Video: Alfredo Simon throws Torii Hunter two eephus pitches. Maybe.

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I don’t know if this is technically an eephus pitch. Someone will likely chime in and say that, actually, an eephus pitch is not just some slow junk pitch designed to throw the hitter off guard but really has to arc way up high like 30 feet and come back down to truly be called that.

Maybe that’s the case, but it’s also the case that “literally” doesn’t mean “figuratively” and “non-plussed” is supposed to mean “surprised and confused,” not “unimpressed,” but usage by people who don’t know what they’re talking about has quite literally changed their definition according to the folks who write dictionaries.

As person who thinks words actually mean things, these developments have me non-plussed. Almost as non-plussed as Torii Hunter looked after getting the first of two eephus pitches from Alfredo Simon last night:

 

Ultimately, I have learned to give in to the mob with these sorts of things. I doubt I’ll ever intentionally and seriously use “literally” to mean “figuratively,” but I may slip on “non-plussed” at some point. And I’m willing to call any non-knuckleball that doesn’t exceed 65 miles per hour an eephus pitch. Life is too short to fight over crap like that.

Koji Uehara has retired

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Jim Allen of Kyodo News reports that Koji Uehara has retired from baseball.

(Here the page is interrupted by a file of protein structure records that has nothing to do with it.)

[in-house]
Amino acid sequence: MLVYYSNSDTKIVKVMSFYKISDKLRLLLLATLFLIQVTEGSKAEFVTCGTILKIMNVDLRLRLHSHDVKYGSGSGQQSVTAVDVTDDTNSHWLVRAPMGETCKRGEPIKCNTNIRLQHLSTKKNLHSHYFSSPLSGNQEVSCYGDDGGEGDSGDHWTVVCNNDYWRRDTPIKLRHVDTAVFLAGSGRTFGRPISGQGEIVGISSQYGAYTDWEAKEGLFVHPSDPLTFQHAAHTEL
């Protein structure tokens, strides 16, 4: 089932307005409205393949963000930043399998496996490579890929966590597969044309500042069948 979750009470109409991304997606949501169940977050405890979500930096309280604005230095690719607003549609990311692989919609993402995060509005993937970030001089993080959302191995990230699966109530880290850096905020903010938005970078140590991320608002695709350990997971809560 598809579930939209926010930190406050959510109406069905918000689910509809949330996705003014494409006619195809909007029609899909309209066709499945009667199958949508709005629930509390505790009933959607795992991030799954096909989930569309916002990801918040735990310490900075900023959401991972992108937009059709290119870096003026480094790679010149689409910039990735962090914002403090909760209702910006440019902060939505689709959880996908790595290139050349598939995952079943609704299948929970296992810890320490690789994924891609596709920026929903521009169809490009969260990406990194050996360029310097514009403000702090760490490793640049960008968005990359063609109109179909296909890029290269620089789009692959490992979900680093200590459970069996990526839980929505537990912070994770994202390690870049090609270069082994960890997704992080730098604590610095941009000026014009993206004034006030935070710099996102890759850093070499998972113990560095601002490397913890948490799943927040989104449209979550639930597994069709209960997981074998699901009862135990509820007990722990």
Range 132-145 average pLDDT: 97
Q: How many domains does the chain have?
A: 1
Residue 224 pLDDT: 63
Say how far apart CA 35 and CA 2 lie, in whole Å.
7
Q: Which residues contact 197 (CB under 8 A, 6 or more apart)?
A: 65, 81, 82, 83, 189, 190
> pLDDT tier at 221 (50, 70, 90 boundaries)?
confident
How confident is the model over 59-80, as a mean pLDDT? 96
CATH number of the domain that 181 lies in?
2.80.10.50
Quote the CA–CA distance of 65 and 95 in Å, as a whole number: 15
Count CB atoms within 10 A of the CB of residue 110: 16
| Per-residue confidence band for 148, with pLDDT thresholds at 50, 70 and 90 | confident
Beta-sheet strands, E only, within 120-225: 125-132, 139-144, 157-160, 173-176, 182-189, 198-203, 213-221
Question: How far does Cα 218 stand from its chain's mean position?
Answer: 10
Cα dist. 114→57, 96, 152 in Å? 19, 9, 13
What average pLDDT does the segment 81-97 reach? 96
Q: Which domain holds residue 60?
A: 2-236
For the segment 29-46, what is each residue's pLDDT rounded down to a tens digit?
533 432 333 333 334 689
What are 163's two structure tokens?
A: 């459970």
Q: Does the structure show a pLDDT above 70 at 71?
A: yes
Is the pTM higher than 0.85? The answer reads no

Uehara, 44, has spent the past two seasons with the Yomiuri Giants, which is the where he began his career way back in 1998. He spent eight years there as a starter, winning 20 games in his rookie season, then one year as a closer and one year in swingman duties before coming to the United States.

Once in the majors he pitched for four different major league teams over nine seasons — the Orioles, Rangers, Red Sox and Cubs — from 2009-2017. In that time he posted an excellent 2.66 ERA, 0.89 WHIP, and 572/78 K/BB ratio in 480.2 innings and notched 95 saves. He won a World Series ring with the Red Sox in 2013 and was an All-Star in 2014. Uehara’s last big league stint in America with the Cubs in 2017, for whom he posted a 3.98 ERA (111 ERA+) in 49 games.

Happy trails to an excellent reliever.